The type of credit and finance history contributes to 10% of your credit score. The use of debit cards will not build up or improve your credit history, because their use is not reported or reflected on your credit report. Debit cards are useful, but avoid paying for everything with a debit card if you want to either build up your credit. Therefore, one of the most effective ways to work on your credit-building goals is by using a credit card responsibly to build credit. In addition, avoid getting a loan or opening new accounts with a finance company or payday lenders. A finance company account on your credit report could bring down your credit score because their interest rates are much higher than the rates at the local bank or credit union. As a result, the terms are typically less favorable, which may increase your risk for default. Unfortunately, using a finance company is weighed as a higher credit risk, and may negatively impact your credit score.
8. Avoid Going Over the Credit Limit
Borrowers with a lower credit utilization or debt to limit ratio tend to have a good credit history, and is associated with being a lower credit risk. The larger the contrast between the original loan amount and your current balance, the better your credit history. When your credit card balance is over the limit, then you credit utilization is above 100 percent, and is associated with being a higher credit risk. Fortunately, running up your credit card balance isn’t usually reported to the credit bureaus, if you are able to pay down the balance before the billing date listed on the statement. However, going over the credit limit increases your credit utilization and lowers your credit score, and a lower credit score leads to less than desirable financing. So, work towards maintaining a lower credit utilization, and avoid going over the credit limit.
9. Avoid Co-signing for Anyone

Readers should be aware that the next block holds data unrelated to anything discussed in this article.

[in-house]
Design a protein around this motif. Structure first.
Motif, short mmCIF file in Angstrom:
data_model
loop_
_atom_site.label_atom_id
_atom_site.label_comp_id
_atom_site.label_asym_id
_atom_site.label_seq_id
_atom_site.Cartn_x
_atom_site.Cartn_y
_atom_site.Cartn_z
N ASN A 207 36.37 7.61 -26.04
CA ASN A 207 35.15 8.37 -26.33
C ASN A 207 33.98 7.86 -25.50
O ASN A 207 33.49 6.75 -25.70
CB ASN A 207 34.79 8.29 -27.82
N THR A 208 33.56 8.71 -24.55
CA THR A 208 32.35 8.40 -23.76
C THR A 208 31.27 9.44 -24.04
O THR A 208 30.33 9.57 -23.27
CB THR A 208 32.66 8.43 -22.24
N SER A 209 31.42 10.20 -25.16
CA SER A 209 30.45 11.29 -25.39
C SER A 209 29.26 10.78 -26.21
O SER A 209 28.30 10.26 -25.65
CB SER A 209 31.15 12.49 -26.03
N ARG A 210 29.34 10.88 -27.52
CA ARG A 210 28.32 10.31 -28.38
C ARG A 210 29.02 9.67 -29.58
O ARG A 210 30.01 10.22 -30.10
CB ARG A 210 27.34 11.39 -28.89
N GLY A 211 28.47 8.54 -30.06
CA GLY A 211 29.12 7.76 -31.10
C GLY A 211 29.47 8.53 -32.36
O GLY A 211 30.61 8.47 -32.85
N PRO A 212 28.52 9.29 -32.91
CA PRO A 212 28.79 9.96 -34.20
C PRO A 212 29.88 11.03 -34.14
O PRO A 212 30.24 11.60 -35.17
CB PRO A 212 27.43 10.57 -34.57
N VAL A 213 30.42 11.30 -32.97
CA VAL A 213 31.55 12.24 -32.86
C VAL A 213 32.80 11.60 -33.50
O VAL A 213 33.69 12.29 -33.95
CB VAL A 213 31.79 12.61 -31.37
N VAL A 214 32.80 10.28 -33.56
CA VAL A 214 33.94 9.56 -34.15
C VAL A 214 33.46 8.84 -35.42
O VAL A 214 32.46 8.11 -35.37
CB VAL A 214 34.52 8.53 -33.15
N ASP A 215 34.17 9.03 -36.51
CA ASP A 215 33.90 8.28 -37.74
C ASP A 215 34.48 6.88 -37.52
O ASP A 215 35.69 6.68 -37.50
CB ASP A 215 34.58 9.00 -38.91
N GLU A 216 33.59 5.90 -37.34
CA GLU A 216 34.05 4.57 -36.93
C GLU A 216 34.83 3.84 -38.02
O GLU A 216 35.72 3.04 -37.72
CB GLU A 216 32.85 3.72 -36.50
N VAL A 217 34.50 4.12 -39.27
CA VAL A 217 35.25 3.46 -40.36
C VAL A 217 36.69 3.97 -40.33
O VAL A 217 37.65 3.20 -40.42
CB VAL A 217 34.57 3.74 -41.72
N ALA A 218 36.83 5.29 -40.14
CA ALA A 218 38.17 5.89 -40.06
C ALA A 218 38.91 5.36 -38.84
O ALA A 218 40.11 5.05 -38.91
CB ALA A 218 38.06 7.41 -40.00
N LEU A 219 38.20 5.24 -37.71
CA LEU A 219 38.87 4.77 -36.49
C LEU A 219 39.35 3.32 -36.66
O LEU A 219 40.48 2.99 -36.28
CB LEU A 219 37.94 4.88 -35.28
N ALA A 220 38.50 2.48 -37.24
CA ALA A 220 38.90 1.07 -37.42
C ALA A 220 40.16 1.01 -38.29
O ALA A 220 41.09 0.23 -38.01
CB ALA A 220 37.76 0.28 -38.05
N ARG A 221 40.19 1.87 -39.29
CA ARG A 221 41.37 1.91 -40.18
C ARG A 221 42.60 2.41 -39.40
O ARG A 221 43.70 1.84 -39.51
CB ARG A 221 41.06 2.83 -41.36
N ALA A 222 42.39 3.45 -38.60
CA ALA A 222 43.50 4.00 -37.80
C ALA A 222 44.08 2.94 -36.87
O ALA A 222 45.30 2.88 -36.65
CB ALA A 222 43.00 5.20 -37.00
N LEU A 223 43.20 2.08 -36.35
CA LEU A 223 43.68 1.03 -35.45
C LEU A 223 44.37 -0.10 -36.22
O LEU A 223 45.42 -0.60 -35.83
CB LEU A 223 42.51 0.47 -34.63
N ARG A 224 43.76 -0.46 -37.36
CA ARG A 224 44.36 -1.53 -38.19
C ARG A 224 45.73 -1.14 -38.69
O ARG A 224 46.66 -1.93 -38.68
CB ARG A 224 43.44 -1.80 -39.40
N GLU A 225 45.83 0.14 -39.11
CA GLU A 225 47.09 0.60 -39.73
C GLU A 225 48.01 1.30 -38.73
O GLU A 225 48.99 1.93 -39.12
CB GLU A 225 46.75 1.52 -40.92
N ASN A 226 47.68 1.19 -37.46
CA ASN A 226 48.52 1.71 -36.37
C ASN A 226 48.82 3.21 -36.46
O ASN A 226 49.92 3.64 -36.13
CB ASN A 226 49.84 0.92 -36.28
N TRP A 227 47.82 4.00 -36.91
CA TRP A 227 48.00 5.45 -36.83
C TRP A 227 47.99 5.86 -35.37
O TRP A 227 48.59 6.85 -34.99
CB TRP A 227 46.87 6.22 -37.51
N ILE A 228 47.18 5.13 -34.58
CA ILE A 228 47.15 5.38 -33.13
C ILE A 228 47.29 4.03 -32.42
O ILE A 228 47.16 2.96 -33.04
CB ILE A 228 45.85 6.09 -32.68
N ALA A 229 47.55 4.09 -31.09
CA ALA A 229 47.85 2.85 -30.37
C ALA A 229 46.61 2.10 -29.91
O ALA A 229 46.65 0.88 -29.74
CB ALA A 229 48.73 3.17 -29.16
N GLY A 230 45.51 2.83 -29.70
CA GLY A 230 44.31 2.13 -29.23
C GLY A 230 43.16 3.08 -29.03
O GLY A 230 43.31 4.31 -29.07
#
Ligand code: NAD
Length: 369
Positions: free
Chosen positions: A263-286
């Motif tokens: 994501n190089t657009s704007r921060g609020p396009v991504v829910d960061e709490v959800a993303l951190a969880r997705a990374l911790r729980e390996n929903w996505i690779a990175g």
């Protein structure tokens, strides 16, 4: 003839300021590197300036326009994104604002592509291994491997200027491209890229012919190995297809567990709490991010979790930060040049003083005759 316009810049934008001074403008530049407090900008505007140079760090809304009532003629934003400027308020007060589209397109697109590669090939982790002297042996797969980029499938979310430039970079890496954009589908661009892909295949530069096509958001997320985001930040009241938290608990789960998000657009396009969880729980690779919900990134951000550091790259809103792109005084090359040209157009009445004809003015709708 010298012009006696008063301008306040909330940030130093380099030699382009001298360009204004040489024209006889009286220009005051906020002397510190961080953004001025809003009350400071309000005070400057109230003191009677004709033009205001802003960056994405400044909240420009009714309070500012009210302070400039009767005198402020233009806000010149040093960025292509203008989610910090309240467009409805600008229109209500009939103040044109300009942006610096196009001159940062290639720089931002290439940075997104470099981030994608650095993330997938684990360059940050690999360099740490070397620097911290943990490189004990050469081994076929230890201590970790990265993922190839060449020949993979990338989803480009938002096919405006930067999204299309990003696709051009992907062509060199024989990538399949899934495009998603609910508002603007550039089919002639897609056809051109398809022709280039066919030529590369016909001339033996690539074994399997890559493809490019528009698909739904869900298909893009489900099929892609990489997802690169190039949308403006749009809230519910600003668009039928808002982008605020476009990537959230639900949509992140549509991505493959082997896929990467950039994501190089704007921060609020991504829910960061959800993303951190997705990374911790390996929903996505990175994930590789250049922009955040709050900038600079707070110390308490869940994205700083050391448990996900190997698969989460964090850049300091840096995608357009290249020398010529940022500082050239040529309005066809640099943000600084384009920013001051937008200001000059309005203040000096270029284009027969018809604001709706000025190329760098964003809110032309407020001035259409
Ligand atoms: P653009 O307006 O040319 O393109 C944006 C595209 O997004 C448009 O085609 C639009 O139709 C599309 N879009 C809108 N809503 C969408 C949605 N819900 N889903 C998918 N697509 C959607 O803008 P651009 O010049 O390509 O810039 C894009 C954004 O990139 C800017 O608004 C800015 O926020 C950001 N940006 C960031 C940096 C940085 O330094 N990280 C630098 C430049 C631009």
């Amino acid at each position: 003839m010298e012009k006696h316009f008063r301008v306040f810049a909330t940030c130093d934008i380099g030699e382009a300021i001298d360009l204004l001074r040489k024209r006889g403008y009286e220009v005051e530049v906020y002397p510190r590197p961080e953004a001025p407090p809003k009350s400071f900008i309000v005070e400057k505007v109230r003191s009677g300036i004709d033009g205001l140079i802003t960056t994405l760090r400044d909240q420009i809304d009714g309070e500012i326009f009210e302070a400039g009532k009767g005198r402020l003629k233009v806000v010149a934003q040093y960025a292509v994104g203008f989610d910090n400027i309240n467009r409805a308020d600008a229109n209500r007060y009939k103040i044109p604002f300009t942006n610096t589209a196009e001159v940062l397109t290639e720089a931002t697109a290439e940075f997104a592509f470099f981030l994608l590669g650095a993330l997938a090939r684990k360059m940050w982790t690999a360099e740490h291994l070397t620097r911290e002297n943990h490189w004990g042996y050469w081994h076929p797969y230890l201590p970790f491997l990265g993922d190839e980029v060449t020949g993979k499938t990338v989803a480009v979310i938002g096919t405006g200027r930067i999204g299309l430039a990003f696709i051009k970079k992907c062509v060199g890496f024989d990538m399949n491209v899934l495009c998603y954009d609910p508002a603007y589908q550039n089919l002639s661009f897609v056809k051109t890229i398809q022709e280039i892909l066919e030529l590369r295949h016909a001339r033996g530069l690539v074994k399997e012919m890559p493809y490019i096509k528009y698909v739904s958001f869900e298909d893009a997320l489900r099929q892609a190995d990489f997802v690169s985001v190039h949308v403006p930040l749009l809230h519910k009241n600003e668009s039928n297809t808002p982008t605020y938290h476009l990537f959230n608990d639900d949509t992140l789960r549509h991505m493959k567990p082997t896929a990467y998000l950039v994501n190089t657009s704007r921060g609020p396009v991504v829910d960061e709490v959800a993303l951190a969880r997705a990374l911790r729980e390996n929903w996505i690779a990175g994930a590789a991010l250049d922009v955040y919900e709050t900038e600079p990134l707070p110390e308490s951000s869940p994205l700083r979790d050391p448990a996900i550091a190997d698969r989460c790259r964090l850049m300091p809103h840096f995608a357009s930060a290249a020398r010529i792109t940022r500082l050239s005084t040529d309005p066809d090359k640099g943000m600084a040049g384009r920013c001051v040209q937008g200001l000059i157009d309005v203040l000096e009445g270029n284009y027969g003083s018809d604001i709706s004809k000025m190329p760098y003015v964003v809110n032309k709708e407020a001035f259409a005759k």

Credit cards or loans you’ve co-signed for are listed on your credit report and impacts your credit score. If your friend misses a payment or simply decides to stop making the payments, your credit is affected as if the loan or credit card debts were yours. So, avoid co-signing for anyone. If you have already co-signed for a friend make sure they make the payments on time each month, or at the very least let you know if they are struggling to make the payments as scheduled. You may find it necessary to make up any missing payments, and then work with them to get financing in just their name.
10. Pay Off Delinquent Accounts
Paying off delinquent accounts that are less than 7 years old will help build your credit. After 7 years, the delinquent debt should drop off your credit report. If you make a payment on a delinquent account that is more than 7 years old, the creditor may restart collection activity or legal action. If you’re determined to pay on a debt more than 7 years old, then pay it off. However, please think twice about making payments. Paying off the more recent collection accounts will help with your credit-building goals, more than paying off an older delinquent account first.
11. Fix Report Discrepancies
If you did not qualify for a mortgage as a result of inaccurate information, then disputing the discrepancy may be the difference between an approved mortgage loan and a declined loan. Typically, your credit report is updated within 30 days to show that the balance is paid in full. If not, you can dispute the item, and credit bureaus are then obligated to review the matter. Providing proof that a debt is paid in full or proof that an error was made will help to speed up the review. Otherwise the resolution of your dispute could take months versus weeks to update. Once the dispute has been reviewed and approved, it often results in an updated credit report. This service is only offered to mortgage lenders and there is a fee associated with this service.
12. Get Free Credit Help
If you are having problems making your credit card payment each month, our Financial Specialists will assist you in managing your budget and your household expenses. Our Specialists understand the anxiety associated with your financial concerns. Most clients leave the appointment with an action plan and the confidence to improve their financial health. A comprehensive review session, which includes a review of your budget, and a realistic action plan is offered free of charge over the phone, or via IRIS. We can assist with this and can also assist in lowering the interest rate. Contact us to discuss your financial concerns, and move one step closer to economic security.
If you follow most of these 12 tips, you will not only build credit, but they may help you potentially save hundreds or even thousands during the life of your loan or credit card debt. Please like and share this post, and visit us at www.apprisen.com/blog to view other useful blogs.